Ray Wilfredo Avila Flores v. Immigration and Naturalization Service, Fed. R. App. P. 34(a); 9th Cir. R. 34-4, United States Court of Appeals for the Ninth Circuit, 3 December 1993, available at: http://www.refworld.org/docid/3ae6b66838.html [accessed 5 October 2015]
Submitted: 17 November, 1993; Filed: 3 December, 1993
The panel unanimously finds this case suitable for decision without oral argument
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RAY WILFREDO AVILA FLORES, Petitioner, v. IMMIGRATION AND NATURALIZATION SERVICE, Respondent. No. 93-70443 UNITED STATES COURT OF APPEALS FOR THE NINTH CIRCUIT November 17, 1993, ** Submitted ** The panel unanimously finds this case suitable for decision without oral argument. Fed. R. App. P. 34(a); 9th Cir. R. 34-4. December 3, 1993, Filed
Subsequent History: Reported in Table Case Format at: 12 F.3d 1106 .
On Petition for Review of an Order of the Board of Immigration Appeals. INS No. A71-886-623
PETITION FOR REVIEW DENIED.
Before: SCHROEDER, D. W. NELSON and THOMPSON, Circuit Judges.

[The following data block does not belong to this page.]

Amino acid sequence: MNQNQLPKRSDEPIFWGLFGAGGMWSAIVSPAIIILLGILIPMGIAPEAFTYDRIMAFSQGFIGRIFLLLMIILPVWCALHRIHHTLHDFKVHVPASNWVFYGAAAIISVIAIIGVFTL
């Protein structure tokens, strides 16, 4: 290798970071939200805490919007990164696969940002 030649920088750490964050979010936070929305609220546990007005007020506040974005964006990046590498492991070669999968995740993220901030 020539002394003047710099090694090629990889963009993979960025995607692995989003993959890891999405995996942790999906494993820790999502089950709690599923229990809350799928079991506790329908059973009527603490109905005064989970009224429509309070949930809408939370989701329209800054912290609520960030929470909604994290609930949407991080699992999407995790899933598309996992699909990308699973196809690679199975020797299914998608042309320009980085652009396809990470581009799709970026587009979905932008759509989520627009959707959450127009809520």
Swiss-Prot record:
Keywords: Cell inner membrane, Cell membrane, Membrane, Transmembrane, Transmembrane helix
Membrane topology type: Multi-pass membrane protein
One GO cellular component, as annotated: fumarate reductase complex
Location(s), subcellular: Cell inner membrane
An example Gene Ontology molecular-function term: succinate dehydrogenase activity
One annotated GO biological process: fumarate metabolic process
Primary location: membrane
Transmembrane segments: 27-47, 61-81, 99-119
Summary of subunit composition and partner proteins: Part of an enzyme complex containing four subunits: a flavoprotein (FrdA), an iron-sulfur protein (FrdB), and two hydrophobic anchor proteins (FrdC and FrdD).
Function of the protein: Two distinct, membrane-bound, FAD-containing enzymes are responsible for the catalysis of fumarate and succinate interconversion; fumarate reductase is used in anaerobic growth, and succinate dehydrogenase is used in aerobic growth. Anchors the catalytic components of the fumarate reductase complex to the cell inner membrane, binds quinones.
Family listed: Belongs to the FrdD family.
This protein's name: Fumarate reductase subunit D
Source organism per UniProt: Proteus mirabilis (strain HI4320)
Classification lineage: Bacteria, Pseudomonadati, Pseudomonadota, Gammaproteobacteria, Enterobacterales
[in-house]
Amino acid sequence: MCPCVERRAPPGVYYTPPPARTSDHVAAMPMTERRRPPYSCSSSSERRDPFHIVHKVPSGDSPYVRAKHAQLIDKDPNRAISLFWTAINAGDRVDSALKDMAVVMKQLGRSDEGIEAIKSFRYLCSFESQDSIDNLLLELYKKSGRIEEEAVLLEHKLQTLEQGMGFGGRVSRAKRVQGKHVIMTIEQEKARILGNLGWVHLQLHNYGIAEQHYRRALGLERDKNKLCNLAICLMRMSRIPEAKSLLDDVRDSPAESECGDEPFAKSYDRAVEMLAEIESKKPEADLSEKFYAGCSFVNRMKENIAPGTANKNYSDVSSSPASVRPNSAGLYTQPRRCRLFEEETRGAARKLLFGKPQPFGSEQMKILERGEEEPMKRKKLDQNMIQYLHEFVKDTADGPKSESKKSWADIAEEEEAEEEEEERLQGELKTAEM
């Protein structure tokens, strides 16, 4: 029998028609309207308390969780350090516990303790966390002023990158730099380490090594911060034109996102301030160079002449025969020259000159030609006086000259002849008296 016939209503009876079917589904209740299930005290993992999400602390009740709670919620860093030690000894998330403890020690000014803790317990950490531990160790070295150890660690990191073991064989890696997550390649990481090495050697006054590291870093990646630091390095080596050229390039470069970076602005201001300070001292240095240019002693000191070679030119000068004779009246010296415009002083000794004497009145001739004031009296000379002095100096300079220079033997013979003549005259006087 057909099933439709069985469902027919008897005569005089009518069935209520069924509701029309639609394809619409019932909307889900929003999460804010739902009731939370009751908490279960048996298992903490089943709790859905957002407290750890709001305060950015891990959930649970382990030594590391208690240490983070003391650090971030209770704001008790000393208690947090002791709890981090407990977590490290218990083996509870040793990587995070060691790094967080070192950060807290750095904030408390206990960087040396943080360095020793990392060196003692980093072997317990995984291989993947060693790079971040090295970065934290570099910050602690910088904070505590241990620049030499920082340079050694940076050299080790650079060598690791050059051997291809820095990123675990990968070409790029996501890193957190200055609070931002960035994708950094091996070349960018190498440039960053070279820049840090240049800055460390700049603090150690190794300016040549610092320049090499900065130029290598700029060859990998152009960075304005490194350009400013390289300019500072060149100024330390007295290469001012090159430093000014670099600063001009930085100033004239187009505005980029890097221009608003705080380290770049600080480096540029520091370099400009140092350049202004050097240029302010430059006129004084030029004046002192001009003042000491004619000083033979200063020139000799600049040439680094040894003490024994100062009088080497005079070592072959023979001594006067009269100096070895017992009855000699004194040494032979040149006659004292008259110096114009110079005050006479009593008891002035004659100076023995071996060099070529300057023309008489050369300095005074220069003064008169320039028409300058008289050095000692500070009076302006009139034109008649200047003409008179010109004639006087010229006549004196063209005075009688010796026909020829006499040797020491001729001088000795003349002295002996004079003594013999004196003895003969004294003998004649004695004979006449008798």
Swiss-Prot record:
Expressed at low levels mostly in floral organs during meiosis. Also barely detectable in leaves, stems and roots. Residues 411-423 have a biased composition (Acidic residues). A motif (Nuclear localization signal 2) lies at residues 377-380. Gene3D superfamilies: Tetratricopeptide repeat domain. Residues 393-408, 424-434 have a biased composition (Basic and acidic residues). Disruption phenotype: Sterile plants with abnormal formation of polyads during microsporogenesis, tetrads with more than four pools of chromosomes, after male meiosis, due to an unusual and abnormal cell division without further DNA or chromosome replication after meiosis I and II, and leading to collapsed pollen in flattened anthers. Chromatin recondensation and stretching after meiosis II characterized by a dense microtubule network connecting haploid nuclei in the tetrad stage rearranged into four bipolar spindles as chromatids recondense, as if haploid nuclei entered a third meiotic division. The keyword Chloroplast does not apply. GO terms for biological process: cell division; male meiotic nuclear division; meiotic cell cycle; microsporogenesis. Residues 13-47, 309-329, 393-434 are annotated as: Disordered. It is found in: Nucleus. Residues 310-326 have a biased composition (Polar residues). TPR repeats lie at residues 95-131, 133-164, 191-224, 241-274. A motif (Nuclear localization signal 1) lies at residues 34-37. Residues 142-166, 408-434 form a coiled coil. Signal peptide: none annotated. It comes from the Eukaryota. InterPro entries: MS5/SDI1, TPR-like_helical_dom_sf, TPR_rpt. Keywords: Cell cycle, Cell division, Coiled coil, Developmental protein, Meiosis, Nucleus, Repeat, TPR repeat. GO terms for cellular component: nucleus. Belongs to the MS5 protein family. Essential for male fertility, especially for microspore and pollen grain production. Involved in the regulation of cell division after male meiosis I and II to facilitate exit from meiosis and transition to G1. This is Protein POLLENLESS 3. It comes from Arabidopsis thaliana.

MEMORANDUM Ray Wilfredo Avila Flores, a native and citizen of Honduras, petitions pro se for review of the Board of Immigration Appeals' summary dismissal of his appeal from the immigration judge's decision finding him deportable as charged and denying his applications for asylum, withholding of deportation and voluntary departure. We have jurisdiction pursuant to 8 U.S.C. § 1105(a), and we deny the petition for review. Although we have not clearly articulated the standard of review for the BIA's summary dismissal of appeals, we have analyzed whether such summary dismissals are "appropriate." Toquero v. INS, 956 F.2d 193, 194 (9th Cir. 1992). Pursuant to 8 C.F.R. § 3.1(d)(1-a)(i)(A), the BIA may summarily dismiss an appeal if the petitioner fails to specify the reasons for the appeal in the notice of appeal. We have held that summary dismissal is appropriate if the petitioner submits no separate written brief to the BIA and the petitioner's notice of appeal inadequately informs the BIA of "what aspects of the IJ's decision were allegedly incorrect and why." Reyes-Mendoza v. INS, 774 F.2d 1364, 1365 (9th Cir. 1985). In his notice of appeal to the BIA, Flores stated only that he was a deserter from the Honduran Army. Although he indicated that he would file a separate written brief, he failed to do so. Because the notice of appeal did not meaningfully apprise the BIA of the reasons for his appeal, the BIA's summary dismissal was appropriate. See Toquero, 956 F.2d at 195. PETITION FOR REVIEW DENIED.